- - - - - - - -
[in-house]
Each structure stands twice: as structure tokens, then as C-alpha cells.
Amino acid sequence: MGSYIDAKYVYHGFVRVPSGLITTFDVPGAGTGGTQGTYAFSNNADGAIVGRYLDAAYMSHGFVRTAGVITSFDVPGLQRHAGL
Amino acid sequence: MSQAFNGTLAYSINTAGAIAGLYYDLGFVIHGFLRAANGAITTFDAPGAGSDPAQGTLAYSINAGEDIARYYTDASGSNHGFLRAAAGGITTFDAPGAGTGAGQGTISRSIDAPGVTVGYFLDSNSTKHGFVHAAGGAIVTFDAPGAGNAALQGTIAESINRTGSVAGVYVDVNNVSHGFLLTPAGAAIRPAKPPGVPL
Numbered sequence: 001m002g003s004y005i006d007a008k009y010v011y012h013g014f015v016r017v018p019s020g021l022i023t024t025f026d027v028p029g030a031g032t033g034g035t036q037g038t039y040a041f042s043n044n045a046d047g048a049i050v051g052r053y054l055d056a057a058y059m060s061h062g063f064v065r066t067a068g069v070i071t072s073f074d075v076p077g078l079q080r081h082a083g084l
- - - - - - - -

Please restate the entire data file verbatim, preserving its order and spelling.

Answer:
[in-house]
Each structure stands twice: as structure tokens, then as C-alpha cells.
Amino acid sequence: MGSYIDAKYVYHGFVRVPSGLITTFDVPGAGTGGTQGTYAFSNNADGAIVGRYLDAAYMSHGFVRTAGVITSFDVPGLQRHAGL
Amino acid sequence: MSQAFNGTLAYSINTAGAIAGLYYDLGFVIHGFLRAANGAITTFDAPGAGSDPAQGTLAYSINAGEDIARYYTDASGSNHGFLRAAAGGITTFDAPGAGTGAGQGTISRSIDAPGVTVGYFLDSNSTKHGFVHAAGGAIVTFDAPGAGNAALQGTIAESINRTGSVAGVYVDVNNVSHGFLLTPAGAAIRPAKPPGVPL
Numbered sequence: 001m002g003s004y005i006d007a008k009y010v011y012h013g014f015v016r017v018p019s020g021l022i023t024t025f026d027v028p029g030a031g032t033g034g035t036q037g038t039y040a041f042s043n044n045a046d047g048a049i050v051g052r053y054l055d056a057a058y059m060s061h062g063f064v065r066t067a068g069v070i071t072s073f074d075v076p077g078l079q080r081h082a083g084l